Welcome and thanks for participating in day 5 of the ARISE fast and devotional blog. If you haven’t read the previous days, please go back and read them before reading
“I simply argue that the cross should be raised at the center of the marketplace as well as on the steeple of the church. I am recovering the claim that Jesus was not crucified in a cathedral between two candles, but on a cross between two thieves; on the town’s garbage heap; at a crossroad so cosmopolitan that they had to write His title in Hebrew and Latin and Greek … at the kind of place where cynics talk smut, and thieves curse, and soldiers gamble. Because that is where He died. And that is what He died for. And that is what He died about. That is where churchmen ought to be and what churchmen ought to be about.” – George Macleod
We all learned antonyms in school. Antonyms are words that mean the opposite of each other. Words like: Love and hate. Brave and Coward. Noisy and quiet. Giant and dwarf. Random and specific. Generous and stingy. Private and public.
Since antonyms are opposites, they don’t usually have any relationship with one another. They are not only seen an opposites, but contrary to one another.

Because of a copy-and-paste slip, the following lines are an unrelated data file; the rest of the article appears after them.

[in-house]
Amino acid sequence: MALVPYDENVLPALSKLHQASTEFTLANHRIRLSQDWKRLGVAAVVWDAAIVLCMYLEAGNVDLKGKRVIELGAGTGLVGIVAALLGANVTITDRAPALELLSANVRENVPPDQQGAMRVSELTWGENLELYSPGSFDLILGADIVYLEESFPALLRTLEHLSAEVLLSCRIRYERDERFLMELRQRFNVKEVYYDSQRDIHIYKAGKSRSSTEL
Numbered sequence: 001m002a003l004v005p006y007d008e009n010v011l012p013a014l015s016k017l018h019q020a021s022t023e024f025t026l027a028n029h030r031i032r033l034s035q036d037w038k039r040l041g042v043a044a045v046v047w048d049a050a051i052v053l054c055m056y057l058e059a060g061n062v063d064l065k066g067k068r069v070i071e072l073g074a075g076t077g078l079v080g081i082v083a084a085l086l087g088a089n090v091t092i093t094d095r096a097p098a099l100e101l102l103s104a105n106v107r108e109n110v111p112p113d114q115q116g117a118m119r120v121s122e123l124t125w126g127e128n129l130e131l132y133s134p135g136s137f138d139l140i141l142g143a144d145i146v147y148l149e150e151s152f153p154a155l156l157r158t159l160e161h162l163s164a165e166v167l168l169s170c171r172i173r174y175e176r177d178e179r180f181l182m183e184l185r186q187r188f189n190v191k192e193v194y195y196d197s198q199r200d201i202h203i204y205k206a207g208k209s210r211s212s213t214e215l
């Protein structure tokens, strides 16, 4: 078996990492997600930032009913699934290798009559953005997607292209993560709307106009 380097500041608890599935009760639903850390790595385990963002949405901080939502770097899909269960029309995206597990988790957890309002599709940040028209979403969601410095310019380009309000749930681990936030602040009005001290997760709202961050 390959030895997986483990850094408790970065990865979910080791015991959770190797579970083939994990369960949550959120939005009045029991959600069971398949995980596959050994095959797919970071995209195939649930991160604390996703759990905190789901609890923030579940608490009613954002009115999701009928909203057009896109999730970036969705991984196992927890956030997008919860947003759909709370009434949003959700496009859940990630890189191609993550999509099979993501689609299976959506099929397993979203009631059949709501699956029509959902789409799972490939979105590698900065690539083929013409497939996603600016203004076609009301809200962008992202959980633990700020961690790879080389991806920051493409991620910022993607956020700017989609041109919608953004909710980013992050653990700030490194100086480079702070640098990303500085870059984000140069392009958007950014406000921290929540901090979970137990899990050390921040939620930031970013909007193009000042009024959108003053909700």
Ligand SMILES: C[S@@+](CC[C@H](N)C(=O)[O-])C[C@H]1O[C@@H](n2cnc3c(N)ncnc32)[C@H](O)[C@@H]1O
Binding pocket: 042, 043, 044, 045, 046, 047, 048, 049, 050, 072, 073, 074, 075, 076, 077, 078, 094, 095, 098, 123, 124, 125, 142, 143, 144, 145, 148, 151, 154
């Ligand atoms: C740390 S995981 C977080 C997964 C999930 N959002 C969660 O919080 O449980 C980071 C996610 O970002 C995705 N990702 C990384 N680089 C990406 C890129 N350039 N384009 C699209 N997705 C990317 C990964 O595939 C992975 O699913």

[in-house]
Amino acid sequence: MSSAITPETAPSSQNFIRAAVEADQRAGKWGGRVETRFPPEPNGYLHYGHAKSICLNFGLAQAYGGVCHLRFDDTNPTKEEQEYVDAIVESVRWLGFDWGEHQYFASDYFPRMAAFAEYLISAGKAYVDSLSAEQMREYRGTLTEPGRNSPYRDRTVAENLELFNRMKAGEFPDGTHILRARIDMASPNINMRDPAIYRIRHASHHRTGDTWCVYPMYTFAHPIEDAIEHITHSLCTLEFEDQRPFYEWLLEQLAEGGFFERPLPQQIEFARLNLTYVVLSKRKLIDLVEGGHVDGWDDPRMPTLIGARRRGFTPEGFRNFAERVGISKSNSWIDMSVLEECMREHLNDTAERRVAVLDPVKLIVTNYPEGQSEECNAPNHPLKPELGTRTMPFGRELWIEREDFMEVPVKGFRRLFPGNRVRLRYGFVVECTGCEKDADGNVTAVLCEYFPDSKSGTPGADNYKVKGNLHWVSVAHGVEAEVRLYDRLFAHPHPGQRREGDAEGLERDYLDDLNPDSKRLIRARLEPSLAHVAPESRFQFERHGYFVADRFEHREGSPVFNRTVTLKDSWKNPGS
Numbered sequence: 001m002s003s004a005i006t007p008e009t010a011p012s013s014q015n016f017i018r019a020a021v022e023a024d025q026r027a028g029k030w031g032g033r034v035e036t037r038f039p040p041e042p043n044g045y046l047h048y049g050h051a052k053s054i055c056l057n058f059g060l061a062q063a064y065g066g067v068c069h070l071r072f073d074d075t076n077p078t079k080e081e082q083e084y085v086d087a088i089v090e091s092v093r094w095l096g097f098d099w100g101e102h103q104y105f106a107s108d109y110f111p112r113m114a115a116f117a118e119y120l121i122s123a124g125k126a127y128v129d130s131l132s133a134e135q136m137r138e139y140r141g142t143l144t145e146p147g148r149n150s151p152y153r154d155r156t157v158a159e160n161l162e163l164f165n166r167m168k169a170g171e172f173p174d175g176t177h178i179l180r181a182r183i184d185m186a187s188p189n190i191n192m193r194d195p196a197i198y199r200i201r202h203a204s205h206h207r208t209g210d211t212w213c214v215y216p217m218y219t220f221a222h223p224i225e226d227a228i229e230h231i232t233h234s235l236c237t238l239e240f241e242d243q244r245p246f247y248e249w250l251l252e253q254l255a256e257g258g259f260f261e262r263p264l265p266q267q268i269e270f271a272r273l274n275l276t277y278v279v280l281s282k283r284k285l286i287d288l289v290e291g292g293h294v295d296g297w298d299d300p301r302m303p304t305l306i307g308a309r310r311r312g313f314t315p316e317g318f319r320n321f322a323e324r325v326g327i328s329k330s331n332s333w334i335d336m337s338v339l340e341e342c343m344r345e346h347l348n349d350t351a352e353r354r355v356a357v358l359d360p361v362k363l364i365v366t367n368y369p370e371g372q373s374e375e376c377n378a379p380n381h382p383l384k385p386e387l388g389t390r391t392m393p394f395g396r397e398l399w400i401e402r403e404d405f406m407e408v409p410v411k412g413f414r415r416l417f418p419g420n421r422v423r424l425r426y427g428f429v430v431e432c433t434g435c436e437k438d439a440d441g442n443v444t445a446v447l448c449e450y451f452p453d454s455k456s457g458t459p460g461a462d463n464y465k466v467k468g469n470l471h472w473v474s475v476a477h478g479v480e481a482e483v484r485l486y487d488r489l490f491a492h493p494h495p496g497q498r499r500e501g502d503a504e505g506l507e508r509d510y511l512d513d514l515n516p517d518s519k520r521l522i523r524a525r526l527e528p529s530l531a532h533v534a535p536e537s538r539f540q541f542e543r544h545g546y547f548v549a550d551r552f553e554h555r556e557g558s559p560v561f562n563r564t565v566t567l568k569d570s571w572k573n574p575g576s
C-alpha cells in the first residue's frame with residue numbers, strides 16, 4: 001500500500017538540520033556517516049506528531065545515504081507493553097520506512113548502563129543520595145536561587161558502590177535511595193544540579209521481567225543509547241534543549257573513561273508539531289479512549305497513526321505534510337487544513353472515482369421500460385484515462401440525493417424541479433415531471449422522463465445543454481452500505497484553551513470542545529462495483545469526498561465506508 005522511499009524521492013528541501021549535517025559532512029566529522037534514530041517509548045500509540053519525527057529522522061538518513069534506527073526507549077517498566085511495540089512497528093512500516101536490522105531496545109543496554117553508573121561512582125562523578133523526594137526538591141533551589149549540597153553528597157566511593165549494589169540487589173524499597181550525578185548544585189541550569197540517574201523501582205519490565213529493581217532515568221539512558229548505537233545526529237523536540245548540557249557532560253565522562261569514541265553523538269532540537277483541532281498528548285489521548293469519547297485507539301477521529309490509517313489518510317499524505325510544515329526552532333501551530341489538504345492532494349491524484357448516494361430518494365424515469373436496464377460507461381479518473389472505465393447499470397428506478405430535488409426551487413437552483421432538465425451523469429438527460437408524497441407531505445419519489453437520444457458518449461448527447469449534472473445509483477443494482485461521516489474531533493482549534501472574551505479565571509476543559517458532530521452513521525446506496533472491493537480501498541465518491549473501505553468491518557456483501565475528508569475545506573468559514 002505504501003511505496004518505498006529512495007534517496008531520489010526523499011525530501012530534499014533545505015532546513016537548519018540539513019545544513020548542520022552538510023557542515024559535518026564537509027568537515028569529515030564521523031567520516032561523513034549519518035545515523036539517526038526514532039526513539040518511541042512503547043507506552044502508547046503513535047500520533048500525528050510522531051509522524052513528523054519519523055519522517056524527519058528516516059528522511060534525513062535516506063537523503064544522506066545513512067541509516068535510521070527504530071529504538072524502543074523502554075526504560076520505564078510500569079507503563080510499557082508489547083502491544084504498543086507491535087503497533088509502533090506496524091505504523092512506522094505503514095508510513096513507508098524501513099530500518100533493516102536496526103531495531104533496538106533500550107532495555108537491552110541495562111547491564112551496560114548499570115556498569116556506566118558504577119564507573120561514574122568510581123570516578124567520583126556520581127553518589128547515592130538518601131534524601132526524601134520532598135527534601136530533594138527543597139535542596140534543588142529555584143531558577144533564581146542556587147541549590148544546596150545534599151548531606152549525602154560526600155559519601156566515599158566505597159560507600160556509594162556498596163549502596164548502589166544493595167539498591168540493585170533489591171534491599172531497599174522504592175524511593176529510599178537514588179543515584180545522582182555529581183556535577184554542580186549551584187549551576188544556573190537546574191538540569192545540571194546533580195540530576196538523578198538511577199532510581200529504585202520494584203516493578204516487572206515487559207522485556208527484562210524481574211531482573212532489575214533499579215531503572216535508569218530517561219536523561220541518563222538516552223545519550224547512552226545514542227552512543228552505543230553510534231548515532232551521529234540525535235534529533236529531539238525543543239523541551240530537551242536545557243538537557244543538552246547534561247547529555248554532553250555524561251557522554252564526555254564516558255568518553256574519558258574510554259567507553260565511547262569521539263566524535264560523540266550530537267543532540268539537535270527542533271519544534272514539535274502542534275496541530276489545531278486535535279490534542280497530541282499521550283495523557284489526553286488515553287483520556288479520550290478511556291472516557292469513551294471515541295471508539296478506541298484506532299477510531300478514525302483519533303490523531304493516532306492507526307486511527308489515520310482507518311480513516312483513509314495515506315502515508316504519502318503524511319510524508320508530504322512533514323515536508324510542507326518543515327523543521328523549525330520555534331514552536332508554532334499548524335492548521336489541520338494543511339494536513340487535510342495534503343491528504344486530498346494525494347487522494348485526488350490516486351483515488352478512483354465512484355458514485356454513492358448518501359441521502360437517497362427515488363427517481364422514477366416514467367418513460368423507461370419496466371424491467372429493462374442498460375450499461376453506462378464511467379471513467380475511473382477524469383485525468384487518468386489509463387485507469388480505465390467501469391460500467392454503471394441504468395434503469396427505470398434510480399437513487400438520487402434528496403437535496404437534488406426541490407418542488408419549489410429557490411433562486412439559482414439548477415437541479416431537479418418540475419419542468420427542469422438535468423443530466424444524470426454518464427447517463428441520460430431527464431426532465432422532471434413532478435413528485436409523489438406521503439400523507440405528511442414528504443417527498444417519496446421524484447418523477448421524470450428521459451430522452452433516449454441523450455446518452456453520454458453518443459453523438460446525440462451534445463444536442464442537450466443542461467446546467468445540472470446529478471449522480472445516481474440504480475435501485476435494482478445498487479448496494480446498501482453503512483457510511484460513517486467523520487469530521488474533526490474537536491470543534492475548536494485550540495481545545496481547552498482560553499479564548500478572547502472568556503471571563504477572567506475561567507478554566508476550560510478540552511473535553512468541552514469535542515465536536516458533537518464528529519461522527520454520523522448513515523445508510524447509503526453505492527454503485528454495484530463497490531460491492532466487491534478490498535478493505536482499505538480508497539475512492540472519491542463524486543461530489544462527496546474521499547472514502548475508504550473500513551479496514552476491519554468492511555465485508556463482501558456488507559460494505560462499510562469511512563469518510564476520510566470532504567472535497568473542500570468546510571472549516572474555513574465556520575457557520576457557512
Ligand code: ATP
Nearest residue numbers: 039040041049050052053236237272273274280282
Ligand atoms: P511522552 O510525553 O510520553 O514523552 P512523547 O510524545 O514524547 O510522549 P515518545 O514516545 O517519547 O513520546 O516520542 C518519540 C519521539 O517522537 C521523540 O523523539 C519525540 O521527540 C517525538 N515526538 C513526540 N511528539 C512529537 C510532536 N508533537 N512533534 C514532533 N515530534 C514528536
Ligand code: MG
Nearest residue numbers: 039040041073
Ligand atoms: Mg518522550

Then, of course, there are oxymorons. Antonyms that when put together form a paradox that creates a description, idea or thought. Things like jumbo shrimp. “Pretty ugly.” “Definite maybe.” “Great depression.” “Virtual reality.” “Original copies.” “Crash landing.” “Bitter sweet” or Charlie Brown’s favorite phrase, “Good grief.”
Some of these are “seriously funny”… Like “Military Intelligence” and “Microsoft Works.” While some are pretty deep like “Free Love” and “Living Sacrifice.” And of course the word oxymoron is actually an oxymoron… In the Greek “oxy” means sharp/wise and “moron” means dull/foolish.
Mark Twain once said “I can resist everything but temptation.”
Two antonyms that those willing to be part of a Jesus movement must fervently reject are sacred and secular. We have been unintentionally taught that there is a sphere of your life for God and church (sacred), and a sphere of your life for the world (secular).This idea was never in Jesus’ teachings because it’s counterproductive to His plan. It actually removes the influence of Christianity from the world… yet Jesus was a friend of sinners. If the world and all that’s in it belongs to God, then there is no sphere that is not wide open to the rule of God, and should not be seen as such.
So now we have “Christian music and secular music”, “Christian movies and secular movies”, “Christian artists and secular artists,” and so the genres go. Too often, Christians act like they shouldn’t touch the secular and the secular definitely want to make sure the Christians keep their distance… and their faith to themselves. Within this mindset that makes secular and sacred antonyms at war with each other, it creates the idea that Christianity is a personal and private faith (sacred) that should absolutely not, under any circumstances, be practiced in the public (secular) sphere.